The Troy Street Observer

Relaxin’ at the My Apartment Lounge

Flyer for My Apartment Lounge, Sept 1968
Luiz Henrique at the My Apartment Lounge, Sept 1968

We’re all spending a lot of time relaxing in our apartments in this sad corona spring. Too much time, you say? Well, 50 years ago, there was a nightclub called the My Apartment Lounge in Boston that you might have left only with reluctance. It was in the Hotel Vendome, on Commonwealth Avenue at Dartmouth Street, and like everything else on this blog, it comes with a history.

Start with the hotel itself. If ever a building belonged on Comm Ave in the Back Bay, it’s the elegant Vendome, among Boston’s finest examples of Renaissance Revival architecture. The Vendome defined luxury in late 19th century Boston. It was the first public building to install electric lights. There was steam heat in every room if the fireplaces weren’t enough to warm the guests. Two sitting U.S. presidents stayed there, as did luminaries in every field.

There is a darker chapter to the Vendome’s history, too. The hotel fell on hard times, suffered a few suspicious fires, and finally closed in 1970. New owners began a condo conversion the next year. And then tragedy: on June 17, 1972, nine Boston firefighters died fighting a horrific four-alarm fire.

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A Brass Menagerie in Boston

There wasn’t anything else like the Brass Menagerie in Boston in the late 1960s. And even though there were jazz-flavored horn bands like Blood, Sweat & Tears and Chicago Transit Authority making waves at that time, there wasn’t anything like the Brass Menagerie anywhere else, either.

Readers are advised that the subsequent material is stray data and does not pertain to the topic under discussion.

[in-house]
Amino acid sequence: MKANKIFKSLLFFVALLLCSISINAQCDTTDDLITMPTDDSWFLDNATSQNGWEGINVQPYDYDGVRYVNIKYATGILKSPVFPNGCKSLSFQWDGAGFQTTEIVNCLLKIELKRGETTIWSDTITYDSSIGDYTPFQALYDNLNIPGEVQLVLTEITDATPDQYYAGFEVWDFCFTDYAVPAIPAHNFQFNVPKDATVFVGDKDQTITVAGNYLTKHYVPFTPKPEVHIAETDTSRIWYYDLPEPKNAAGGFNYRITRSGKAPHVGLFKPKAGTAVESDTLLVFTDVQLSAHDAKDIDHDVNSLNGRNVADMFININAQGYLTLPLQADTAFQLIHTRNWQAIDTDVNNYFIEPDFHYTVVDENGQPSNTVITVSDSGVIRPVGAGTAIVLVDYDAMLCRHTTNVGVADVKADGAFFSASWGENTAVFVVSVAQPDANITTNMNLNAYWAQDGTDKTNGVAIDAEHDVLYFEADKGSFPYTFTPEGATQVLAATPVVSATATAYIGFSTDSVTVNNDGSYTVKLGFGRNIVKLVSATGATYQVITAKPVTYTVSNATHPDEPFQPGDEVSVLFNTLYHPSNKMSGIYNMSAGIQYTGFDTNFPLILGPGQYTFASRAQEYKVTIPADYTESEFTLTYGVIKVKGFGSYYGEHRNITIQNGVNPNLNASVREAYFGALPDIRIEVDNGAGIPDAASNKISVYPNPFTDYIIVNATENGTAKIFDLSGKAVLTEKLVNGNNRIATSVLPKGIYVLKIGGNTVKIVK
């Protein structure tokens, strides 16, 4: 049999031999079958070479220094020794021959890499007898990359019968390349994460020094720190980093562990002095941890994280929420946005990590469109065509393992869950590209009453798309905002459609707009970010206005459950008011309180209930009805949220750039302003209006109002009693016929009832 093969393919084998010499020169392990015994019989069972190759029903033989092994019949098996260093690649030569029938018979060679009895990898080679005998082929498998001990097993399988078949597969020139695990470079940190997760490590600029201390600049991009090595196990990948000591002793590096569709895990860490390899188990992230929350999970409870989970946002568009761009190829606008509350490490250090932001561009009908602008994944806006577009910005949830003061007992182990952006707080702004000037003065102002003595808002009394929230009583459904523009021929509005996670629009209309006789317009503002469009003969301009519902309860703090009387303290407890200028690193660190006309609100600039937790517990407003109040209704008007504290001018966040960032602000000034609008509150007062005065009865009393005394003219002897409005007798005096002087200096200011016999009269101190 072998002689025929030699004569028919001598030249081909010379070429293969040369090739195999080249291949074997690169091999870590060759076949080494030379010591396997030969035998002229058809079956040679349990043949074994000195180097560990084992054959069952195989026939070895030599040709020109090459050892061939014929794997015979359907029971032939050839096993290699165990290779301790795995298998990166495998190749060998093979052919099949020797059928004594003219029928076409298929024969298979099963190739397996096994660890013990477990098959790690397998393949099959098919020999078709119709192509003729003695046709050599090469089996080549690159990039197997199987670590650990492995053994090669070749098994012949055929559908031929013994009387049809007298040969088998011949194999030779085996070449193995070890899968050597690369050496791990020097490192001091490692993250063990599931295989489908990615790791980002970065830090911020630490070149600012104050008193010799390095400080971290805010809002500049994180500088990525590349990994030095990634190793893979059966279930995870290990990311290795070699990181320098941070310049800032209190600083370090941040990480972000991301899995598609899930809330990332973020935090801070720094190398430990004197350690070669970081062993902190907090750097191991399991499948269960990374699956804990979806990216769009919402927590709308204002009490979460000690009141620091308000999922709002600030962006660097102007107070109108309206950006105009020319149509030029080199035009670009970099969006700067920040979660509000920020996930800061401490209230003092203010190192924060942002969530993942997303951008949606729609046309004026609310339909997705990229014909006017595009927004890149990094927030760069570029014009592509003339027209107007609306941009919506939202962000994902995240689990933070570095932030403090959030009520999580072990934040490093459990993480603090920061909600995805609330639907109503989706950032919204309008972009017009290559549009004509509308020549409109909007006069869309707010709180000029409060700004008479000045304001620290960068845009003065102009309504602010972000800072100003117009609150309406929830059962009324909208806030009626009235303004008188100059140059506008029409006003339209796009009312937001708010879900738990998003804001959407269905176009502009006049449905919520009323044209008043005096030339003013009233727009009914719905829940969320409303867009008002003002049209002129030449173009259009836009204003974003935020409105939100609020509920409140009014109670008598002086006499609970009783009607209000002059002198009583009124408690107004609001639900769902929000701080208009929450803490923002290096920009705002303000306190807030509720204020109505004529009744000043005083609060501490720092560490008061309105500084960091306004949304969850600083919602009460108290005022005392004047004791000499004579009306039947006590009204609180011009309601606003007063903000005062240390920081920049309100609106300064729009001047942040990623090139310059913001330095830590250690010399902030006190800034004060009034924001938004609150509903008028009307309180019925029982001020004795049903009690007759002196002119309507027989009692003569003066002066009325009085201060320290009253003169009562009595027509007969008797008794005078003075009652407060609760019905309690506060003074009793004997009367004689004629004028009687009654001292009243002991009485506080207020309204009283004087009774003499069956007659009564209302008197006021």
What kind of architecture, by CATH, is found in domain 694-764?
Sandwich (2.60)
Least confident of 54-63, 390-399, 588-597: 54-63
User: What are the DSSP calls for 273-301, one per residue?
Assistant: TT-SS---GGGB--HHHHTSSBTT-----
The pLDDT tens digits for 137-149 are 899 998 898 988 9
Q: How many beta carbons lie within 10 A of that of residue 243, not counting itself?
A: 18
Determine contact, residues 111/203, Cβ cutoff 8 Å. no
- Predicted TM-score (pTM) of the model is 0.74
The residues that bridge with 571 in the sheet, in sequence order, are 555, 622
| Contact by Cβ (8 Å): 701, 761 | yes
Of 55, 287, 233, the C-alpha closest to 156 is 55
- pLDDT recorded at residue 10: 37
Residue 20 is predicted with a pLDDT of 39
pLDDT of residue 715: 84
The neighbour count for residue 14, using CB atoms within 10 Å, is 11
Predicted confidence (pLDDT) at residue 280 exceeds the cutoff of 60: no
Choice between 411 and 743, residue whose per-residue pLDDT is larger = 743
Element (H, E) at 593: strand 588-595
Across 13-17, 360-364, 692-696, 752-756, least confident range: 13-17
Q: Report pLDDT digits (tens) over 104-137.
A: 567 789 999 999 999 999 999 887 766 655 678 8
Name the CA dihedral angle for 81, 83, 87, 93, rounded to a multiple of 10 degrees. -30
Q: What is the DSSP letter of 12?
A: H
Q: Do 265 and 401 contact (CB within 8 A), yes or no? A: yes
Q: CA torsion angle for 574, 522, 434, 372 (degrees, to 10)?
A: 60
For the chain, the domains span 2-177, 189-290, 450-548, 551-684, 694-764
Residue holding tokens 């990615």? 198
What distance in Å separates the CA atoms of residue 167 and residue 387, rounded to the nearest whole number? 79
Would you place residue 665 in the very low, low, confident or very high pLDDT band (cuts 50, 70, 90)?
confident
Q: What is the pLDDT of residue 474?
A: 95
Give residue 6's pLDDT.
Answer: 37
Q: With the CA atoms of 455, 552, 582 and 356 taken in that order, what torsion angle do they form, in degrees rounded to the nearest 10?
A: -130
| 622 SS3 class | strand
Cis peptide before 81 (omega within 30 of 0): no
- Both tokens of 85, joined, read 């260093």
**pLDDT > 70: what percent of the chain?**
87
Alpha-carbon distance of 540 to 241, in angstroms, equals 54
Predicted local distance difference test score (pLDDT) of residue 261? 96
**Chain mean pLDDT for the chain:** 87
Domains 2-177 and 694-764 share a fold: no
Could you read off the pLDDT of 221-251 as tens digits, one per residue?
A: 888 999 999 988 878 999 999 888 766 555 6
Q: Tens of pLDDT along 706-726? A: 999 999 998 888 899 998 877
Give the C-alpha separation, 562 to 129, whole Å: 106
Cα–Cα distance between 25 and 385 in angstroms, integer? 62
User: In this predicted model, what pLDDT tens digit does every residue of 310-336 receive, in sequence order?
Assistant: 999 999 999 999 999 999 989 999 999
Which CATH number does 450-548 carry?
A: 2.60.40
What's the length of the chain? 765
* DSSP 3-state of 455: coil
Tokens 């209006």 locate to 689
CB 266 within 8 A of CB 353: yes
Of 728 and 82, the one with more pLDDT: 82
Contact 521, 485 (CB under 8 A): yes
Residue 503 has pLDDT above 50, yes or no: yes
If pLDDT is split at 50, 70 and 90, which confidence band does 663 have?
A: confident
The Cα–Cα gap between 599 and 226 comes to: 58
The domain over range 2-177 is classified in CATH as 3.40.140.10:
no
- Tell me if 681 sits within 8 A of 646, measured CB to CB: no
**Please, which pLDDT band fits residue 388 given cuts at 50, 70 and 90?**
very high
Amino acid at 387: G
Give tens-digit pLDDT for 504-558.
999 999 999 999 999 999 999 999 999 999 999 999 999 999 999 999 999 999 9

Photo of Brass Menagerie , 1969Dr. Gene DiStasio formed his little big band, which would first be named Brass ’68, in mid 1967. “The brass sound idea came to me several years back while working at Basin Street with Peggy Lee. The band then had three trombones and trumpets and rhythm section and the sound was too much!” DiStasio told writer Larry Ramsdell in January 1968. “I wanted something that was the sound of today but still had some jazz influences. You definitely would not call it a jazz band…(although) we do use jazz harmonics and some free-form things.”

The instrumentation was unusual for the time: five horns paired with what was essentially a rock band. The group was brimming with talent. DiStasio, Ed Byrne and Michael Gibson played trombone, Jeff Stout and George Zonce were on trumpet, and Ray Pizzi played saxophones and flute. The two guitarists were Mick Goodrick and John Abercrombie. Rick Laird played electric bass, Peter Donald drums, and Don Alias congas.

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